Document Type

Article

Publication Date

Summer 8-1-2014

Abstract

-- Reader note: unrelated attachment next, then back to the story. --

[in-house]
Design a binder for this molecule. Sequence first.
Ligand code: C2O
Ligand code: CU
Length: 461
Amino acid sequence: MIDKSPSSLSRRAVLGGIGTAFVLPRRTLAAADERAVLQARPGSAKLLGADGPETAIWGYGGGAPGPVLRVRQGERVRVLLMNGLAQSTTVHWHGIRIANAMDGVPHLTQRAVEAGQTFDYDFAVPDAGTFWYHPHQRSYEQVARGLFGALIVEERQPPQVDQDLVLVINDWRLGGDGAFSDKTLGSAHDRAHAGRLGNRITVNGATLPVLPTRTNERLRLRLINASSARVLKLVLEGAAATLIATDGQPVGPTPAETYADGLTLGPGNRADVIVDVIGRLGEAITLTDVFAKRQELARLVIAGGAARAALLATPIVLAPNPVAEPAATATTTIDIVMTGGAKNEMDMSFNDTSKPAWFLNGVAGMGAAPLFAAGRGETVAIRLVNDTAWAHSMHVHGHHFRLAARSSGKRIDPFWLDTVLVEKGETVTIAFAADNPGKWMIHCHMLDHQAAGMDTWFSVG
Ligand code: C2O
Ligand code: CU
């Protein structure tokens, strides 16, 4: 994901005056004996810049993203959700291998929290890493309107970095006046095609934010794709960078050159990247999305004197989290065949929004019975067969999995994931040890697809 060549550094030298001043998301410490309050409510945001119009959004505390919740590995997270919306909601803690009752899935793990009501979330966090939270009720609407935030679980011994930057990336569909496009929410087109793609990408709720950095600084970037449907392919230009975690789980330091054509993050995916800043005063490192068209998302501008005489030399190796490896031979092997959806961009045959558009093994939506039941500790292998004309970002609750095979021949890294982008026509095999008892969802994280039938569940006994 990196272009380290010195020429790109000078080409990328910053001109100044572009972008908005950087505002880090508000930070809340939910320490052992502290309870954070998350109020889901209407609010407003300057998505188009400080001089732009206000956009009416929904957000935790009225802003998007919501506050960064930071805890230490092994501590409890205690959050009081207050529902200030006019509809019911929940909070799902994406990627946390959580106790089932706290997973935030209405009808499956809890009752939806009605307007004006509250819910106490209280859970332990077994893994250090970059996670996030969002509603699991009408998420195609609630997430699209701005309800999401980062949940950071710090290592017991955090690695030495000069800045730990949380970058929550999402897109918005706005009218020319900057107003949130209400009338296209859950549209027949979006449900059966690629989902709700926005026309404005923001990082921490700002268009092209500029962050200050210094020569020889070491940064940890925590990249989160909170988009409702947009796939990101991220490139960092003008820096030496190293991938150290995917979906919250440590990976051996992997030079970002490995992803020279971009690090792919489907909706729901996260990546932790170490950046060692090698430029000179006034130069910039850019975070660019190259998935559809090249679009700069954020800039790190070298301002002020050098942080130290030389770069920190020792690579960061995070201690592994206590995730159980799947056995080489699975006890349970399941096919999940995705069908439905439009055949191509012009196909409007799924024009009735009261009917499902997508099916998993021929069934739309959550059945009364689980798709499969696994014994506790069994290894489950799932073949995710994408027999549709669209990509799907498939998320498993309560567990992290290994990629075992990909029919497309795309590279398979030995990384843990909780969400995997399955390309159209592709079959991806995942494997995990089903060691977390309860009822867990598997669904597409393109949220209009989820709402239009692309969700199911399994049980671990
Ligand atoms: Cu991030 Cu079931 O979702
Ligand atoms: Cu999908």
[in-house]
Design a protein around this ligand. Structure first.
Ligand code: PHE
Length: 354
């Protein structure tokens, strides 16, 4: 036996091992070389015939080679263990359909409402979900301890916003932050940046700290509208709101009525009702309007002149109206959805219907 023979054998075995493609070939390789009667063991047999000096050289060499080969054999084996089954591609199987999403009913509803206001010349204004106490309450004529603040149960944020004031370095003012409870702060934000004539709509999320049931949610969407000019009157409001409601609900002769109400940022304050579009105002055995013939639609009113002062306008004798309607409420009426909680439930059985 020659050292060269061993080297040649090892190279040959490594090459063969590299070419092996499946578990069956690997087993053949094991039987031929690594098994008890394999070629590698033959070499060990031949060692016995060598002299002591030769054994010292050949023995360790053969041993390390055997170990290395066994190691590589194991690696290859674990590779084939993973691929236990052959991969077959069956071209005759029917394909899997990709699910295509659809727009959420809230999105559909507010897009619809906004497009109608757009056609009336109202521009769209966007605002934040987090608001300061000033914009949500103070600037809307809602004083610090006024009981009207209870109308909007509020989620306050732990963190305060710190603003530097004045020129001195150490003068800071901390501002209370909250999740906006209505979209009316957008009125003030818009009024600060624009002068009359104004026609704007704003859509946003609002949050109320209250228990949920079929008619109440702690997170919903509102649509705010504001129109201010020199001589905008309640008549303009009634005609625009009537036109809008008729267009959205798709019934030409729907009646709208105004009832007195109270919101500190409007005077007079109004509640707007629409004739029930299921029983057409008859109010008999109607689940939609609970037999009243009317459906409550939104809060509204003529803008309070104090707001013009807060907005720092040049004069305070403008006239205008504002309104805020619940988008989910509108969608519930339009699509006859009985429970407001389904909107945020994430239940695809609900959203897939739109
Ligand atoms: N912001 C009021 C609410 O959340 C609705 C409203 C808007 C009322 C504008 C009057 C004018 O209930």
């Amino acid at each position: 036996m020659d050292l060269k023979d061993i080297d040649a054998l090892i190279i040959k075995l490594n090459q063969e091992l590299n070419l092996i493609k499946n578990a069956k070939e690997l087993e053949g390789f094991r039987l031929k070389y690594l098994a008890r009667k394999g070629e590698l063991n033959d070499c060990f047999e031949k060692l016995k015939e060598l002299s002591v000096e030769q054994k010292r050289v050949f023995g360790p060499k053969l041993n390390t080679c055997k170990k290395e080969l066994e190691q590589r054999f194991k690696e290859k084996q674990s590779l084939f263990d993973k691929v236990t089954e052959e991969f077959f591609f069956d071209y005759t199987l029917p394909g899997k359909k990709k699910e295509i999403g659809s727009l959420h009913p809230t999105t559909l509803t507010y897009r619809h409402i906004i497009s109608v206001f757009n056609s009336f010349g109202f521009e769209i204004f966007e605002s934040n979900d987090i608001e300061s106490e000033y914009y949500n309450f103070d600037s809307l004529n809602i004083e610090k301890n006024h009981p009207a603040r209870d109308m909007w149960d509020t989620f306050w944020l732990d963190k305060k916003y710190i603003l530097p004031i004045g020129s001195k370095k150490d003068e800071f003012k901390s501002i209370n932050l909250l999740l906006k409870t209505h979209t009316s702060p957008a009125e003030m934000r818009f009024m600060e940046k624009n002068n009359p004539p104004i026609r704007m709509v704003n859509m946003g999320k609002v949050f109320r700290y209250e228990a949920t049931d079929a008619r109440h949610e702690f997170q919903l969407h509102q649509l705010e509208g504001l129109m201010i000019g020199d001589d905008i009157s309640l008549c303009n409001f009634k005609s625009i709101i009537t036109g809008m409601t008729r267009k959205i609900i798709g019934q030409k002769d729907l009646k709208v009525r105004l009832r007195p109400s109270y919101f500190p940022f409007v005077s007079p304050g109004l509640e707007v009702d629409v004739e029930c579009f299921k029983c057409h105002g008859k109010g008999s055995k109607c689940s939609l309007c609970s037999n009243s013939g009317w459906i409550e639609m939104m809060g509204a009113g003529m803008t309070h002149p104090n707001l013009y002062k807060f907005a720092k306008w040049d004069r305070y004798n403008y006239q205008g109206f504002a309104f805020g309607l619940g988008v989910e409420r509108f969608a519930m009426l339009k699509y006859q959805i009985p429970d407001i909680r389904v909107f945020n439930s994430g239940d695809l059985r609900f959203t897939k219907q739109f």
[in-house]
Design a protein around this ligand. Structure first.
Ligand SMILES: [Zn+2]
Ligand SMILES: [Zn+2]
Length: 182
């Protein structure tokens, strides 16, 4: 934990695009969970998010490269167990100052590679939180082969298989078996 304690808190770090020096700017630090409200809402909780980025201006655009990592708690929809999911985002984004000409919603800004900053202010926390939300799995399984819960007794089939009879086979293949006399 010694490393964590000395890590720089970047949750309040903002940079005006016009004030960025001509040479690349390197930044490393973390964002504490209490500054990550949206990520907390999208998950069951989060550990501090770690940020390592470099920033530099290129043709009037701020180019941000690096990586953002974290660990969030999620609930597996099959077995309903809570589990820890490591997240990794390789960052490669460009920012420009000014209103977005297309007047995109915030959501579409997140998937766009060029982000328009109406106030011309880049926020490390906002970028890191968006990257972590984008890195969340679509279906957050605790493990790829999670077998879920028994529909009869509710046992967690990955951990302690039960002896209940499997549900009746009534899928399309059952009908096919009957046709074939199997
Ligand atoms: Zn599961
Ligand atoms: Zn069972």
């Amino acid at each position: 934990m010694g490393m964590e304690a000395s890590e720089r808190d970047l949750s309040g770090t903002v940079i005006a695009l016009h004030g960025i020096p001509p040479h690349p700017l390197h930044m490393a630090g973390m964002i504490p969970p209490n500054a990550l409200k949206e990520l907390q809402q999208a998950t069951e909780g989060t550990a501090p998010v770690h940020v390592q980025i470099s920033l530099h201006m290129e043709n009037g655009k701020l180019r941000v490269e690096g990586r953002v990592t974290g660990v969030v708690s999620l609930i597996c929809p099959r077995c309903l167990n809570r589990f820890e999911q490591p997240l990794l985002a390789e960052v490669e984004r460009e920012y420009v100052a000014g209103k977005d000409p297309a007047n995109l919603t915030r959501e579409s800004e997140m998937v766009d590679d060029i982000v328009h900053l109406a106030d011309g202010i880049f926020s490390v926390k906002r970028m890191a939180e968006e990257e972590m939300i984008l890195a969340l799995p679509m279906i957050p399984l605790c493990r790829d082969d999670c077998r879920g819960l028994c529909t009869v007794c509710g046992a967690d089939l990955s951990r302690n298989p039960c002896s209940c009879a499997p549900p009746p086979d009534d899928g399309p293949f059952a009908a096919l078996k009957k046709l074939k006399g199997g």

The federal effort to quantify and capture non-market damages to coastal ecosystems from the 2010 Deepwater Horizon oil spill, Phase II of United States of America v. BP Exploration and Production, centers on the Natural Resource Damage Assessment (NRDA) process. This paper makes the case that the current NRDA process has done a poor job protecting the public interest and resolving the issues surrounding oil spills from deep water drilling activities. After 5 years, the findings of the NRDA still remain sealed from both affected maritime communities and academic researchers until litigation is settled with civil and criminal fines for BP’s Clean Water Act violations and damages to coastal ecosystems. This multi-year legal process further retards progress in using the latest science to inform policy for the future of proposed off-shore oil activities, including introducing new regulations that would subject semi-submersible oil platforms to the same rigor as oil tankers. Using historical comparisons, this paper examines how the political economy of legal procedures and damage assessment processes has created winners and losers in the aftermath of DWH, especially with respect to the Vietnamese-American ethnic maritime community. Finally, proposals are suggested how the regulatory landscape, and specifically the NRDA process, might be improved to strengthen transparency, better inform policies in a timely fashion, and encompass cultural resources.